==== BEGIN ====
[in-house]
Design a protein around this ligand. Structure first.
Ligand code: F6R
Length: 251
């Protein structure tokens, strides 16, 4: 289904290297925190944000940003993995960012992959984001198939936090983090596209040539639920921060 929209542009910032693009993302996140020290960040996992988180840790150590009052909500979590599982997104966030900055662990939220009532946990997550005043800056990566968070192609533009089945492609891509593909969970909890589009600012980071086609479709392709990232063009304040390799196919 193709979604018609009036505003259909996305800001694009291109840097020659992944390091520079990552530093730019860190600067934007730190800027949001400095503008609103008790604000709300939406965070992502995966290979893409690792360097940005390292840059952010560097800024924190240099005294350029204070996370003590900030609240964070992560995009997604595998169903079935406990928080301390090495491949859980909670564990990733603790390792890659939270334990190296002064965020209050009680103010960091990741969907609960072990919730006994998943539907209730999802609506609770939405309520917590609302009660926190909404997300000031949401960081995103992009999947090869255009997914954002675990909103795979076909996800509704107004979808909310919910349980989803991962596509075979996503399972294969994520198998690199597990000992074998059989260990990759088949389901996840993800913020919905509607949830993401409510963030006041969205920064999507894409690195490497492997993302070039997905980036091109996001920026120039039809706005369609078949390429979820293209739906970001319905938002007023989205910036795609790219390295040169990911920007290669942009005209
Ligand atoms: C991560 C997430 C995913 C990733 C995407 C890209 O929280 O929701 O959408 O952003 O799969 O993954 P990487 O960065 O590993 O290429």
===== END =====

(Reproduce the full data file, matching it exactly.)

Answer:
[in-house]
Design a protein around this ligand. Structure first.
Ligand code: F6R
Length: 251
């Protein structure tokens, strides 16, 4: 289904290297925190944000940003993995960012992959984001198939936090983090596209040539639920921060 929209542009910032693009993302996140020290960040996992988180840790150590009052909500979590599982997104966030900055662990939220009532946990997550005043800056990566968070192609533009089945492609891509593909969970909890589009600012980071086609479709392709990232063009304040390799196919 193709979604018609009036505003259909996305800001694009291109840097020659992944390091520079990552530093730019860190600067934007730190800027949001400095503008609103008790604000709300939406965070992502995966290979893409690792360097940005390292840059952010560097800024924190240099005294350029204070996370003590900030609240964070992560995009997604595998169903079935406990928080301390090495491949859980909670564990990733603790390792890659939270334990190296002064965020209050009680103010960091990741969907609960072990919730006994998943539907209730999802609506609770939405309520917590609302009660926190909404997300000031949401960081995103992009999947090869255009997914954002675990909103795979076909996800509704107004979808909310919910349980989803991962596509075979996503399972294969994520198998690199597990000992074998059989260990990759088949389901996840993800913020919905509607949830993401409510963030006041969205920064999507894409690195490497492997993302070039997905980036091109996001920026120039039809706005369609078949390429979820293209739906970001319905938002007023989205910036795609790219390295040169990911920007290669942009005209
Ligand atoms: C991560 C997430 C995913 C990733 C995407 C890209 O929280 O929701 O959408 O952003 O799969 O993954 P990487 O960065 O590993 O290429």